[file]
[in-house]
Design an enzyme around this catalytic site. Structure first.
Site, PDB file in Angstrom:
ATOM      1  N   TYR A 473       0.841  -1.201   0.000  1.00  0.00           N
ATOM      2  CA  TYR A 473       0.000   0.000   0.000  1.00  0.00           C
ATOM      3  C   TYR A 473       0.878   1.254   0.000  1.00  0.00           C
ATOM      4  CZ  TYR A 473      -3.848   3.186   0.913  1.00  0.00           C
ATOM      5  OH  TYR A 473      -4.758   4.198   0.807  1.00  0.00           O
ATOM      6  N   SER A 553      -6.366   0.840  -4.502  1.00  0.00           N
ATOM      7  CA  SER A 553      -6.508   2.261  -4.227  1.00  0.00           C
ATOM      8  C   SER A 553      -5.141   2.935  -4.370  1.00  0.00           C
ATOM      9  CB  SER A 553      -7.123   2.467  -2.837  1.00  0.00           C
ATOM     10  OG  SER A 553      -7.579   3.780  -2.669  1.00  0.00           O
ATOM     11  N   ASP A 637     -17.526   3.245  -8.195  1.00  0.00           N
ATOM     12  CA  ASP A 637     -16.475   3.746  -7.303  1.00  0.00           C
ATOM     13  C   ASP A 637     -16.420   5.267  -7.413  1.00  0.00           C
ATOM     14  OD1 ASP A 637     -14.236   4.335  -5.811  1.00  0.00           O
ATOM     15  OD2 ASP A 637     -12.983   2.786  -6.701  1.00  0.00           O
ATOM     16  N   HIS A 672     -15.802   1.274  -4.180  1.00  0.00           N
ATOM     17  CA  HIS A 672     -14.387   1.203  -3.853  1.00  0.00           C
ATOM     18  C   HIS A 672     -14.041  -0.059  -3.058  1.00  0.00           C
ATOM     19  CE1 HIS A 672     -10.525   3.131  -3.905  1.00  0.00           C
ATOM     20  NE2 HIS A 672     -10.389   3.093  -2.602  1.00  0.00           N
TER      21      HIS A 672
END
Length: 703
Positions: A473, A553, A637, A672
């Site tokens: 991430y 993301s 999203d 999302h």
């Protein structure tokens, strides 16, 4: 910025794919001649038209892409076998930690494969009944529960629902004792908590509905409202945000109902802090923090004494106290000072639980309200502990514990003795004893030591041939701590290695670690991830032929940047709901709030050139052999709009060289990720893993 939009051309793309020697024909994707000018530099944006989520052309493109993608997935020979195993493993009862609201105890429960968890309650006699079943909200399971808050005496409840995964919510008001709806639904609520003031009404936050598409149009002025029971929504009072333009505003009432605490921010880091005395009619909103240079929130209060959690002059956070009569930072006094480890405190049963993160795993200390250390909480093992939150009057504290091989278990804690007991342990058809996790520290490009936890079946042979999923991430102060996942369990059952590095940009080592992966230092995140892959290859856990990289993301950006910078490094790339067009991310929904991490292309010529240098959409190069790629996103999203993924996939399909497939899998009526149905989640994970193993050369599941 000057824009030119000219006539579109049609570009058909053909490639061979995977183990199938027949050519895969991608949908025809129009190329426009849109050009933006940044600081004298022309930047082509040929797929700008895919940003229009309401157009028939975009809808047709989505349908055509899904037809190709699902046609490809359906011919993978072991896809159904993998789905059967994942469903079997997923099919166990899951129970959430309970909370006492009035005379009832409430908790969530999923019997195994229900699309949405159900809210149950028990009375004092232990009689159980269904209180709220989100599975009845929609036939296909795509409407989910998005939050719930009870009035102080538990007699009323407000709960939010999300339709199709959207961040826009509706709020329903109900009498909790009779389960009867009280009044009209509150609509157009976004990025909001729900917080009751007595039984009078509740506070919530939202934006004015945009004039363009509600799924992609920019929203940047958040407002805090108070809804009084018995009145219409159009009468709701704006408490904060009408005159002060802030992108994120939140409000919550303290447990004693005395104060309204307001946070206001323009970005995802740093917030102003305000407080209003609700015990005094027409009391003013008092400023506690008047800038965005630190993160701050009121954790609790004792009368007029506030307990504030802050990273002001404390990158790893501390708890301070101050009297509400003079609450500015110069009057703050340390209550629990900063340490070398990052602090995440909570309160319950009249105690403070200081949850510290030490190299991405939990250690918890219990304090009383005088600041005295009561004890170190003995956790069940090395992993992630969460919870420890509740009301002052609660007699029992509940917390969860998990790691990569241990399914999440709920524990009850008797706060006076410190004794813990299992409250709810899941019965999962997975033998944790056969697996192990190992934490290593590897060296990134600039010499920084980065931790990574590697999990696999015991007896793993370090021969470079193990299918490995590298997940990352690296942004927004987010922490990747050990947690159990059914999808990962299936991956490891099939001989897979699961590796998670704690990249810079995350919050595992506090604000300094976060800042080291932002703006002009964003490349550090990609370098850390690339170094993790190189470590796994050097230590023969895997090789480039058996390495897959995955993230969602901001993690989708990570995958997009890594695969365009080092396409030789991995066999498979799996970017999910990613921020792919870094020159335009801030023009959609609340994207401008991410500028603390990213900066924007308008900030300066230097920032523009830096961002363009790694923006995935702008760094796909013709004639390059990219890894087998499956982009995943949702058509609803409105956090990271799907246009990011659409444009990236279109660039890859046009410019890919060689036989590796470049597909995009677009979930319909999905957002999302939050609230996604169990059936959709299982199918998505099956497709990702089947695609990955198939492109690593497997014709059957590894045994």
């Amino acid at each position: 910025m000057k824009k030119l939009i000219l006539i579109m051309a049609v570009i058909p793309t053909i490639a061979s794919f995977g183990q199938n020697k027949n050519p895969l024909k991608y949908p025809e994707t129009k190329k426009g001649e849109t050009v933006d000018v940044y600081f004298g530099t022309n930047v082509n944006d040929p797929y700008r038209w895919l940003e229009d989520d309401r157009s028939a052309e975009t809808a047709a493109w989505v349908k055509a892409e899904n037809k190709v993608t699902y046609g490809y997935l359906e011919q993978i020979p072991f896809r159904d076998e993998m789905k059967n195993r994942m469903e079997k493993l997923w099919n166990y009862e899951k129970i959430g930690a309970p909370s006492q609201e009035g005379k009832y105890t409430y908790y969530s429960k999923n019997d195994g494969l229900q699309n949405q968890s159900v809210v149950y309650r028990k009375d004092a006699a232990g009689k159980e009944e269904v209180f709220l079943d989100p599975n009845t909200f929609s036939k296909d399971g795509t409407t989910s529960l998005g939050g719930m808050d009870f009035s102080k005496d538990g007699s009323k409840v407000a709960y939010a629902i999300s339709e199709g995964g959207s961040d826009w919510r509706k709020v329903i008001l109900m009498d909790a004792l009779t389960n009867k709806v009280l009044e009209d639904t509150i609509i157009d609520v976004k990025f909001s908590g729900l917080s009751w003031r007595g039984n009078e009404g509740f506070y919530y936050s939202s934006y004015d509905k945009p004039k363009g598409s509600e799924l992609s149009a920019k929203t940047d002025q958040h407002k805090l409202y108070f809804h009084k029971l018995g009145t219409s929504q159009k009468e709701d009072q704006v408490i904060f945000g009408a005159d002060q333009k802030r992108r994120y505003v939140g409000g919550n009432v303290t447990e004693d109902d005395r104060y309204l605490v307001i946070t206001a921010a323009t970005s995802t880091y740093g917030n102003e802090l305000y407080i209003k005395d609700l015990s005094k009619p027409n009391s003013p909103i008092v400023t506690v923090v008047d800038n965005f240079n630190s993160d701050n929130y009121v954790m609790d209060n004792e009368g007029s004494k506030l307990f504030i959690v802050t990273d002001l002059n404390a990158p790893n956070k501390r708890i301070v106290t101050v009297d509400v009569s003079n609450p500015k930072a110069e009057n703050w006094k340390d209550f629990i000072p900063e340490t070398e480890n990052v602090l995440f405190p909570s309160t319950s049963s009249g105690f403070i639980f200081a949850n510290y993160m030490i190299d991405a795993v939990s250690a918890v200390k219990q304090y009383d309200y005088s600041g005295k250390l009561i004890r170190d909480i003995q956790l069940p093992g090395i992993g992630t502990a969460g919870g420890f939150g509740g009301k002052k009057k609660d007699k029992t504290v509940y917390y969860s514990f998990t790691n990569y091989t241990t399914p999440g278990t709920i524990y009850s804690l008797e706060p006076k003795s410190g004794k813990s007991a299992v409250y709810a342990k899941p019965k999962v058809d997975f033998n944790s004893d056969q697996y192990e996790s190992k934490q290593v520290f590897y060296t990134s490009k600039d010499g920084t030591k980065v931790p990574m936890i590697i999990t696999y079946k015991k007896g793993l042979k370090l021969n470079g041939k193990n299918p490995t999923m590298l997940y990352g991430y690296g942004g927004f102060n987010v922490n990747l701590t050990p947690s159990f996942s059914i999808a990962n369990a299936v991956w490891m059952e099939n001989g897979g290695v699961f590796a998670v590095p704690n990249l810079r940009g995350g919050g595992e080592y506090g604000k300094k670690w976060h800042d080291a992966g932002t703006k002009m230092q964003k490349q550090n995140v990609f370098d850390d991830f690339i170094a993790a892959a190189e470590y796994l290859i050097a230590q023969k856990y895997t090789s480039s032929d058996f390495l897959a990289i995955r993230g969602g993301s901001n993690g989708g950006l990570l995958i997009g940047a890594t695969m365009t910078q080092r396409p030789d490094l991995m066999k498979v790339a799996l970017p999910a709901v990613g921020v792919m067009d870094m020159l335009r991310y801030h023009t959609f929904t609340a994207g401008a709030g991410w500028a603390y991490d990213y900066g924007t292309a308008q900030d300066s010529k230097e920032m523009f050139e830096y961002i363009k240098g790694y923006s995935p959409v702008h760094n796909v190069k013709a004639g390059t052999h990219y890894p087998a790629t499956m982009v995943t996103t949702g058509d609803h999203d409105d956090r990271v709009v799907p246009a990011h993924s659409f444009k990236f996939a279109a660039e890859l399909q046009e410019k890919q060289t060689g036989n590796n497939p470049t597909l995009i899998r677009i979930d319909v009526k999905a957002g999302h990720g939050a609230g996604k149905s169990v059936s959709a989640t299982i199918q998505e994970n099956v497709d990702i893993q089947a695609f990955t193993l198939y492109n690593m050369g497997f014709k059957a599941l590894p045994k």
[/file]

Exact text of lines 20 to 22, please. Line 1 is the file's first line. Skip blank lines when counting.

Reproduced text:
ATOM     17  CA  HIS A 672     -14.387   1.203  -3.853  1.00  0.00           C
ATOM     18  C   HIS A 672     -14.041  -0.059  -3.058  1.00  0.00           C
ATOM     19  CE1 HIS A 672     -10.525   3.131  -3.905  1.00  0.00           C